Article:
USA, 2002. Rated R. 100 minutes.
Bill Paxton, Matthew McConaughey, Powers Boothe, Matthew O'Leary, Jeremy
Sumpter, Luke Askew, Derk Cheetwood
|Grade: B+||Review by Carlo Cavagna|
hen you think of religious-themed thrillers, you think of mediocre films with half-baked biblical prophecies and a boatload of CGIs--crap like Stigmata, Lost Souls, and Bless the Child--all trying to replicate the success of The Exorcist, a film released thirty years ago. So when you hear that Bill Paxton's directorial debut, Frailty, is a religious-themed thriller, you may think of Paxton squaring off against a giant animated demon, like Ah-nold Schwarzenegger in End of Days.
There's no giant CGI demon. There's few special effects of any kind, and virtually all the violence is off camera. Frailty, which may or may not be about dementia, demonic possession, and/or a vengeful Old Testament god, is a deliberative film, not an action film.
Frailty opens with a mystery man named Meiks (Matthew McConaughey) showing up at an FBI office in Texas and announcing to the director, Agent Wesley Doyle (Powers Booth), that his brother is the Gods' Hand Killer, responsible for a series of brutal slayings. At first Doyle assumes Meiks is a crackpot until Meiks is able to describe aspects of the killings not published in the newspapers.
Meiks then relates the harrowing story of his childhood. Except for the premature death of his mother, it is completely normal until his father (Bill Paxton) claims to have been visited by an angel who has instructed him to destroy demons that inhabit the world, with the help of his two sons. The only problem is, these demons aren't imaginary monsters or particularly vicious dogs, but human beings. The angel names names. The younger son, Adam (Jeremy Sumpter), buys into the story hook, line, and sinker, but Fenton (Matthew O'Leary), is appalled. It's not clear what the cause of this delusion might be (could it have something to do with the death of Mom, you might wonder), but Dad has clearly lost his marbles. At first Fenton pretends it's a bad dream, and then he tries to talk Dad out of following through, to no avail. Dad is going to destroy demons, the kids are going to help, and that's final. The family that kills together, stays together.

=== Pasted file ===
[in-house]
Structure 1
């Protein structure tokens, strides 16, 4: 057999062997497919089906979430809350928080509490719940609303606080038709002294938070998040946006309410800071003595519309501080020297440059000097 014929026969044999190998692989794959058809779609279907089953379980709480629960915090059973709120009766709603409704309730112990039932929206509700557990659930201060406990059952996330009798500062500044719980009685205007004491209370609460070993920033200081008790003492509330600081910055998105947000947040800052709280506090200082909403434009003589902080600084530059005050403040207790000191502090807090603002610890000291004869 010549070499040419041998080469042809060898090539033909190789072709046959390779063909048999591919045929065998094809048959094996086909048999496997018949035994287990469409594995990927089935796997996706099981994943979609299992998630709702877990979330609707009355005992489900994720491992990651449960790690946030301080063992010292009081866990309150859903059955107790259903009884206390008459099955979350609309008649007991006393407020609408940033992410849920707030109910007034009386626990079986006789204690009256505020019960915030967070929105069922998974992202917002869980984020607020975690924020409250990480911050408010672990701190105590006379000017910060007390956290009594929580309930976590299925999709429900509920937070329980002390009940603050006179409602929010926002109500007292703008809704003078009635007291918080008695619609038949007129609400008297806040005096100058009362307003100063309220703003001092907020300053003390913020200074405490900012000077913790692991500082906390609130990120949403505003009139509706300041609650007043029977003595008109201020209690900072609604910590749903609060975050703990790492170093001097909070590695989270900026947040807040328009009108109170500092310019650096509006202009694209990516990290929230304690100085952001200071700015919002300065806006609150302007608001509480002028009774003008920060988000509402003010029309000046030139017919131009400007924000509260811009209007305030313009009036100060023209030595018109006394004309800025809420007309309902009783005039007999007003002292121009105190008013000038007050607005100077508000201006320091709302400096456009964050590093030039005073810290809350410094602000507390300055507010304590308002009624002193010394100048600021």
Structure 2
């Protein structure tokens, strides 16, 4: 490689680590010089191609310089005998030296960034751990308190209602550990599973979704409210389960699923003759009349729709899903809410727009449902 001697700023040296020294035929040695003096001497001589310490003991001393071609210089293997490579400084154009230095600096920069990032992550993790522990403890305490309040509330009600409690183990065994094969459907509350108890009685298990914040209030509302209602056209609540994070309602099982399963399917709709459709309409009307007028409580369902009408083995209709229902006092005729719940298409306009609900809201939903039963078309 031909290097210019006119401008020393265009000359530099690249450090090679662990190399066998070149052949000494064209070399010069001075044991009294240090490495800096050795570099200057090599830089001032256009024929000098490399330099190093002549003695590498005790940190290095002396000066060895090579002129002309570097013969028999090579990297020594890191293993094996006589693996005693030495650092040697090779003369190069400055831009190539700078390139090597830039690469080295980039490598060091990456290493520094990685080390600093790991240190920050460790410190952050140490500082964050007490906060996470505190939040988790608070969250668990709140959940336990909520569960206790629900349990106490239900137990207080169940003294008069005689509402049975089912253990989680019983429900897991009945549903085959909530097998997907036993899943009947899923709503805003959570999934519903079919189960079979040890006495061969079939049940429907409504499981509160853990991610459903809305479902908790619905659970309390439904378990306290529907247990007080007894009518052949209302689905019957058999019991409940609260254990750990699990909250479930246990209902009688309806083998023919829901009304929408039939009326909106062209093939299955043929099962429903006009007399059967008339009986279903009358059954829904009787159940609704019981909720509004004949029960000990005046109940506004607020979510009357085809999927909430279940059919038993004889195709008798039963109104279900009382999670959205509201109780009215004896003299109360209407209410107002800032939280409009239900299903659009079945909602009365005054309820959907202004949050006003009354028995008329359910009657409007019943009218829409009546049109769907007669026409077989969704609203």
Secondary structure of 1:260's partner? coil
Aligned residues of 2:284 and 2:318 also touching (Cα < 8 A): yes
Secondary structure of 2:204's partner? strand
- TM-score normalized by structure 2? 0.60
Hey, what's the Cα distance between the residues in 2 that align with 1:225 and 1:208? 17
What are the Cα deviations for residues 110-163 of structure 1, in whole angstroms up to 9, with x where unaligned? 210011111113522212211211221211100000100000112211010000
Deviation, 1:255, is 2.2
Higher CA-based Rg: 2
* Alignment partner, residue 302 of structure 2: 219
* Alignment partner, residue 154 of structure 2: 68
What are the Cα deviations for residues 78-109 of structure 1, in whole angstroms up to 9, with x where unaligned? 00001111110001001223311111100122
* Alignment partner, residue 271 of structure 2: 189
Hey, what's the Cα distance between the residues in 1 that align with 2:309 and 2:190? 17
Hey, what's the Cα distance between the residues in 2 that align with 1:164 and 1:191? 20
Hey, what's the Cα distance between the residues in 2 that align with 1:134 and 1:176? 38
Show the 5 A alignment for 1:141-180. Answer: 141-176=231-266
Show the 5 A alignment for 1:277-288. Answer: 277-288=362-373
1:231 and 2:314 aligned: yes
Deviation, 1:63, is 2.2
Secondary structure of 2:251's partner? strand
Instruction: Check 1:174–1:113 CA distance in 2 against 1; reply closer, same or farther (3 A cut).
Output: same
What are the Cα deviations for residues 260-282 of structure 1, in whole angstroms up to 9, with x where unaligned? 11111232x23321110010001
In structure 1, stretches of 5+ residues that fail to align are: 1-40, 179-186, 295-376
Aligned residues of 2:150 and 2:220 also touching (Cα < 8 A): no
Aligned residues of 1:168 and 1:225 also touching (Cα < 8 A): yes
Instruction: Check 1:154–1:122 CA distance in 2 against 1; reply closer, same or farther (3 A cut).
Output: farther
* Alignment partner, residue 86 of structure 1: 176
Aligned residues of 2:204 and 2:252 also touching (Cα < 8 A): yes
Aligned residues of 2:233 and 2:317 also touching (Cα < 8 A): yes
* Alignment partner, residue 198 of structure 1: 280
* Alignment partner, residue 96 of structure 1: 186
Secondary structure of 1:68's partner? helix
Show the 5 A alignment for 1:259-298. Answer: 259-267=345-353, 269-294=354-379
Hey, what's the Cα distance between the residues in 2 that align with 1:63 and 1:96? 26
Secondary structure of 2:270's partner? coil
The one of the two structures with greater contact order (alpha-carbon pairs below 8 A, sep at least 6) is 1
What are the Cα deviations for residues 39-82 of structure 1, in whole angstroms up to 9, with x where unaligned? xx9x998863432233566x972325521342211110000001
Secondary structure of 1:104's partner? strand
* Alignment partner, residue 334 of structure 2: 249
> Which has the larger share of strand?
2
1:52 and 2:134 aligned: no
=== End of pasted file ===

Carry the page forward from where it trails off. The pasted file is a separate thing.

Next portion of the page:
If you've seen enough movies, you will probably find some of the plot developments to be obvious. It's to the movie's credit, however, that they are still enjoyable--in some cases all the more so. If you suspect something may develop, you can hunt for signs beforehand, and if the film is well crafted, the search is rewarding. Do pay attention to the details, in which many of the film's clues and motifs lie. A number of Old Testament analogies are present, including the story of Abraham and his son Isaac. Such details help tie the film together at the end.
Frailty is not a film without some logical gaps (which can't be described without spoiling the film), particularly at the very end. It mostly holds together thanks to Paxton's skilled direction, which seems to be influenced by the work Paxton was a part of in A Simple Plan. Frailty is patient and moody, concerning itself more with psychology than trickery. Paxton's only questionable choice is the repeated use of a highly annoying musical cue, a loud and sustained chord played abruptly when Dad lays his hand on captured "demons," allegedly allowing him to see their sins.
Paxton's work as an actor is also top-notch. He often seems a bit of a goober in the way that he speaks and comports himself, but that is an asset here. Dad is no wacky fundamentalist or raving zealot with spittle flying from his teeth. He is a perfectly normal, hardworking guy as well as an extremely loving father, just one that happens receive directives from God to kill people.
The biggest-budget movie ($11 million) ever produced by growing Lions Gate Films (Monster's Ball, Gods and Monsters), Frailty tanked its opening weekend, finishing ninth and pulling in an anemic $4.2 million despite playing on 1500 screens. Though it's no Memento, we can hope that Frailty is given a chance to follow a similar path of success through slow growth and word of mouth. Dozens of great filmmakers have had far worse debuts than this one.
© April 2002 by AboutFilm.Com and the author.
Images © 2002 Lions Gate Films. All Rights Reserved.
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